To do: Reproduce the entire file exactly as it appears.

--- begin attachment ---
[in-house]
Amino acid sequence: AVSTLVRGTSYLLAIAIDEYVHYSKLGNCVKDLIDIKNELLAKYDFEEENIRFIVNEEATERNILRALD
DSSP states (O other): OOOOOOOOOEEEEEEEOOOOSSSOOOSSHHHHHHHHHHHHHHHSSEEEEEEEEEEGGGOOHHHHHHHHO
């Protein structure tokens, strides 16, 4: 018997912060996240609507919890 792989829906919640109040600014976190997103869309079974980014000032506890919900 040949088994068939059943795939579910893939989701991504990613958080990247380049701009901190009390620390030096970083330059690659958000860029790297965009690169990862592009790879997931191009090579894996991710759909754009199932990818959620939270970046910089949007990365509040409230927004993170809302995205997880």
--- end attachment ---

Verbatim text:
[in-house]
Amino acid sequence: AVSTLVRGTSYLLAIAIDEYVHYSKLGNCVKDLIDIKNELLAKYDFEEENIRFIVNEEATERNILRALD
DSSP states (O other): OOOOOOOOOEEEEEEEOOOOSSSOOOSSHHHHHHHHHHHHHHHSSEEEEEEEEEEGGGOOHHHHHHHHO
């Protein structure tokens, strides 16, 4: 018997912060996240609507919890 792989829906919640109040600014976190997103869309079974980014000032506890919900 040949088994068939059943795939579910893939989701991504990613958080990247380049701009901190009390620390030096970083330059690659958000860029790297965009690169990862592009790879997931191009090579894996991710759909754009199932990818959620939270970046910089949007990365509040409230927004993170809302995205997880």